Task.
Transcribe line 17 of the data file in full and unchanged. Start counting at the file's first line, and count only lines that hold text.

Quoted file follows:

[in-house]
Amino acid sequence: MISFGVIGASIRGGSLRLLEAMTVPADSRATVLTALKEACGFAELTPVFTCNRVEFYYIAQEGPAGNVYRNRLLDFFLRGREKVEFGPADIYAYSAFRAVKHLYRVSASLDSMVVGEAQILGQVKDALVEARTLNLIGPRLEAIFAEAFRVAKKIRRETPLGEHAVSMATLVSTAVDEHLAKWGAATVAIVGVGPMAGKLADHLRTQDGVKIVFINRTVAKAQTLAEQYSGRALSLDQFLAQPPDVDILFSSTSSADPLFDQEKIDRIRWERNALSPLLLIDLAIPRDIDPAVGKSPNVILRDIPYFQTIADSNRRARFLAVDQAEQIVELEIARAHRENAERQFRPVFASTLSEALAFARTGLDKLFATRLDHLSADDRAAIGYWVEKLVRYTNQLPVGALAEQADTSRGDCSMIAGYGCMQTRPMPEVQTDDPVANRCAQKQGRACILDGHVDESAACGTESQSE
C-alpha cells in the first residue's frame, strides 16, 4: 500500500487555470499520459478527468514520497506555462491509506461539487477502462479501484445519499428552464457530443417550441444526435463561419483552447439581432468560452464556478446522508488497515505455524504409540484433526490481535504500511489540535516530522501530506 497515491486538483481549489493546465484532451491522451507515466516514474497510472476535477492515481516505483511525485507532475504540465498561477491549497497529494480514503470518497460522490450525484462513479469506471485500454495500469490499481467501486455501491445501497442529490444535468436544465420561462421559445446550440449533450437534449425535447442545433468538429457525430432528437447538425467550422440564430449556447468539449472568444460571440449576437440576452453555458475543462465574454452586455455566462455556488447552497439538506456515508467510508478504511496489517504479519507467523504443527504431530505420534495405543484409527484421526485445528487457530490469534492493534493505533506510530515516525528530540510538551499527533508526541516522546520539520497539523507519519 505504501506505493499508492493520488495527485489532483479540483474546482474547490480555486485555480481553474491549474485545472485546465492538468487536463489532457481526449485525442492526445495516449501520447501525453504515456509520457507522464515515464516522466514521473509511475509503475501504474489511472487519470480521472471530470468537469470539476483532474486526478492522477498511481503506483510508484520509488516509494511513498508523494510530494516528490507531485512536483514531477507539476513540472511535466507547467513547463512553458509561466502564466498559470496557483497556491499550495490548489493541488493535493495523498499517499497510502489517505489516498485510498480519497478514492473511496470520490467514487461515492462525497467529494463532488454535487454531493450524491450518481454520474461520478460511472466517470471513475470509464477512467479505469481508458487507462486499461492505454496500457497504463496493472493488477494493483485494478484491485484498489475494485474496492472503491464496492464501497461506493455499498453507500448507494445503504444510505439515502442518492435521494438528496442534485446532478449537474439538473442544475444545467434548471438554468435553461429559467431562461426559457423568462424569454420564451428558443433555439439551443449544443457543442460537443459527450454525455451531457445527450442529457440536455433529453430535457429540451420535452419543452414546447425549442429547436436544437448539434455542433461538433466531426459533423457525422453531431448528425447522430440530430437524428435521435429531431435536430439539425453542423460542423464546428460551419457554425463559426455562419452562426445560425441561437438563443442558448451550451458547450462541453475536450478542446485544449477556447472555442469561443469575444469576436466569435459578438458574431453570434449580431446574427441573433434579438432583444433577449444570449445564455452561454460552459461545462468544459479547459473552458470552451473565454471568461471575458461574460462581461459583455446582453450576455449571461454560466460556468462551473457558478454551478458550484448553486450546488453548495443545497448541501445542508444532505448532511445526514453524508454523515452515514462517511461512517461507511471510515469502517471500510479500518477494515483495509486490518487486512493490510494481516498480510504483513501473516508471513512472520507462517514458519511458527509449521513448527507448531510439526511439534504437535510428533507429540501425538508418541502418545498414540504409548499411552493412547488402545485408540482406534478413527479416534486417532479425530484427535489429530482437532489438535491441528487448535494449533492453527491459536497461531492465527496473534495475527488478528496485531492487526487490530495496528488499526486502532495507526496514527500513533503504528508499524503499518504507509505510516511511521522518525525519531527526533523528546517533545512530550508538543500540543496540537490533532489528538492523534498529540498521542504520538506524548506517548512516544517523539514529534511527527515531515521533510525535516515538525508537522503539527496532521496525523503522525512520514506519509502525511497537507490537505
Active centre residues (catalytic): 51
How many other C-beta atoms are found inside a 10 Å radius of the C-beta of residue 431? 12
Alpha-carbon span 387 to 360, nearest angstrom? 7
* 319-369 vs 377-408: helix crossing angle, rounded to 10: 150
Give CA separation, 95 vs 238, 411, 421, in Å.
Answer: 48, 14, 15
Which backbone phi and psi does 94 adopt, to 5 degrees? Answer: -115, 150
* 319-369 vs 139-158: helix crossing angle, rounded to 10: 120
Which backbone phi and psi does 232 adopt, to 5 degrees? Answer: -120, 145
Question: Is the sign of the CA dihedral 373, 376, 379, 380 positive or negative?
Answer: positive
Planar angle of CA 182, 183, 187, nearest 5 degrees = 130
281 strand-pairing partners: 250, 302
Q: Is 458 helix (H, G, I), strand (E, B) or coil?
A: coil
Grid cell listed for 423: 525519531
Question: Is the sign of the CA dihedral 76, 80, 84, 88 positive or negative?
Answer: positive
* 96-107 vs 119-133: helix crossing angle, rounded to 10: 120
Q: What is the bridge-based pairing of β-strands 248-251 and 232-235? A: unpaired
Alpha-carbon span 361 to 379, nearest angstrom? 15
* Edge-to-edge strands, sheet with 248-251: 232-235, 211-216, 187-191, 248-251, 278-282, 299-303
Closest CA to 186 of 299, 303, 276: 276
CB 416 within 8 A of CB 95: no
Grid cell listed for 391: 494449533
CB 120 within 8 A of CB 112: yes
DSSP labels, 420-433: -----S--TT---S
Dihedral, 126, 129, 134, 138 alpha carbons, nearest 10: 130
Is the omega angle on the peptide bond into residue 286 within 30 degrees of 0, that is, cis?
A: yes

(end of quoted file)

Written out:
Q: Is 458 helix (H, G, I), strand (E, B) or coil?